Mountains, the Ural River, the Caspian and Black Seas, and the waterways of the Turkish Straits.[5] Though the term "continent" implies physical geography, the land border is somewhat arbitrary and has moved since its first conception in classical antiquity
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Honda
Honda
Honda
Motor Company, Ltd
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Automobile Platform
A car platform is a shared set of common design, engineering, and production efforts, as well as major components over a number of outwardly distinct models and even types of cars, often from different, but related marques.[2] It is practiced in the automotive industry to reduce the costs associated with the development of products by basing those products on a smaller number of platforms. This further allows companies to create distinct models from a design perspective on similar underpinnings.[2]Contents1 Definition and benefits 2 Examples 3 Advantages 4 Disadvantages 5 Top Hat 6 See also 7 References 8 External linksDefinition and benefits[edit] Platform sharing is a product development method where different products and the brand attached share the same components.[3] The purpose with platform sharing is to reduce the cost and have a more efficient product development process.[4] The companies gain on reduced procurement cost by taking advantage of the commona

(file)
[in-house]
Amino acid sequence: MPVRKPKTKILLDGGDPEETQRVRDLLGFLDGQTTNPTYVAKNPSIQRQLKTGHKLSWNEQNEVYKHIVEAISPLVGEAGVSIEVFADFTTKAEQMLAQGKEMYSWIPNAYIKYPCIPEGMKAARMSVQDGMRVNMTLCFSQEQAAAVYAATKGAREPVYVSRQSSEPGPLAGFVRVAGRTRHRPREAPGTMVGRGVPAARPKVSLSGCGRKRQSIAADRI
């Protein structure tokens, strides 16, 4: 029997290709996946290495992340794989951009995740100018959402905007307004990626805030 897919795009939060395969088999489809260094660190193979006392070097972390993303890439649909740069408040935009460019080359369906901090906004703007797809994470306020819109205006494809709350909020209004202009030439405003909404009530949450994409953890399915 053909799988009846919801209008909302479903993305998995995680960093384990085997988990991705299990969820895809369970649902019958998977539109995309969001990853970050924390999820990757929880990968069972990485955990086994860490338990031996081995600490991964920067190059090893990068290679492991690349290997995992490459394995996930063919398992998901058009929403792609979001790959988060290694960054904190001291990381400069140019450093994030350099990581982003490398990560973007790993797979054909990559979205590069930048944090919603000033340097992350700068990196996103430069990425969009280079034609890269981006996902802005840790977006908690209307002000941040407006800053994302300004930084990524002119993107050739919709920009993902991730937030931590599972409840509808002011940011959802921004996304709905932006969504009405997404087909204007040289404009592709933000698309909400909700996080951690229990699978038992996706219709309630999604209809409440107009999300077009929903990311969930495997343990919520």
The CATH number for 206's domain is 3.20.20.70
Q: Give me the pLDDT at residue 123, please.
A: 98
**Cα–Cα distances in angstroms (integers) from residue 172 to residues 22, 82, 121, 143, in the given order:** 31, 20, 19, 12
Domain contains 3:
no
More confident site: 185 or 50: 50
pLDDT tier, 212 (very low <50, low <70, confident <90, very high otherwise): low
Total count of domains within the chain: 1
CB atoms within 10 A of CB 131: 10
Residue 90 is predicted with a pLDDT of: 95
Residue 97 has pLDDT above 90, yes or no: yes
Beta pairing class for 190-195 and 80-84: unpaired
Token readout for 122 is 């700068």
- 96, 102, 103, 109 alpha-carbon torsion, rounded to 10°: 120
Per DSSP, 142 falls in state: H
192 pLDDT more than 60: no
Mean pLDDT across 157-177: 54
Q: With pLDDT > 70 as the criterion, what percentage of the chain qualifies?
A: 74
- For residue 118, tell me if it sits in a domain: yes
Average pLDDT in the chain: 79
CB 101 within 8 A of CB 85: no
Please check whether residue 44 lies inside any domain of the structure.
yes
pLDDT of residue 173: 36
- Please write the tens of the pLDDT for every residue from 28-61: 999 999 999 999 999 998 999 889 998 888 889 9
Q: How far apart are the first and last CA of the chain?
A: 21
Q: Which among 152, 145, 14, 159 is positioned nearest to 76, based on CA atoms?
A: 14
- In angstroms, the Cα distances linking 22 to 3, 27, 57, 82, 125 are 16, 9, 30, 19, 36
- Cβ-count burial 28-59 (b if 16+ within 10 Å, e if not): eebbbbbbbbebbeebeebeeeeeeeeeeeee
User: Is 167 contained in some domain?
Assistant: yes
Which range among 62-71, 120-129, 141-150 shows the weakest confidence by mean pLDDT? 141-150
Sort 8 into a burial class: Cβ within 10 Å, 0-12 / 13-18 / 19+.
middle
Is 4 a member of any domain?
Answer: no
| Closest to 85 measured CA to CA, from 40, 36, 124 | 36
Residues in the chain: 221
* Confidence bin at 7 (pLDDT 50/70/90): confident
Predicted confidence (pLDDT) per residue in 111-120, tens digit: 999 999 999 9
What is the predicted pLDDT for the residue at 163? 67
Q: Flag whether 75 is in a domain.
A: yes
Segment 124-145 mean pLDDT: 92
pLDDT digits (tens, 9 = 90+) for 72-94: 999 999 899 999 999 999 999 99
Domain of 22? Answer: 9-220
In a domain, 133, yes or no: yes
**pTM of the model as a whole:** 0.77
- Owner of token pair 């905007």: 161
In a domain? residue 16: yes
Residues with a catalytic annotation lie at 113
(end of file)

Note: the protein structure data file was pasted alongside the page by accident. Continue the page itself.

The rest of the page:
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OnStar
OnStar
OnStar
Corporation is a subsidiary of General Motors
General Motors
that provides subscription-based communications, in-vehicle security, emergency services, hands-free calling, turn-by-turn navigation, and remote diagnostics systems throughout the United States, Canada, China, Mexico, Europe, Brazil, and Argentina. A similar service is known as Opel OnStar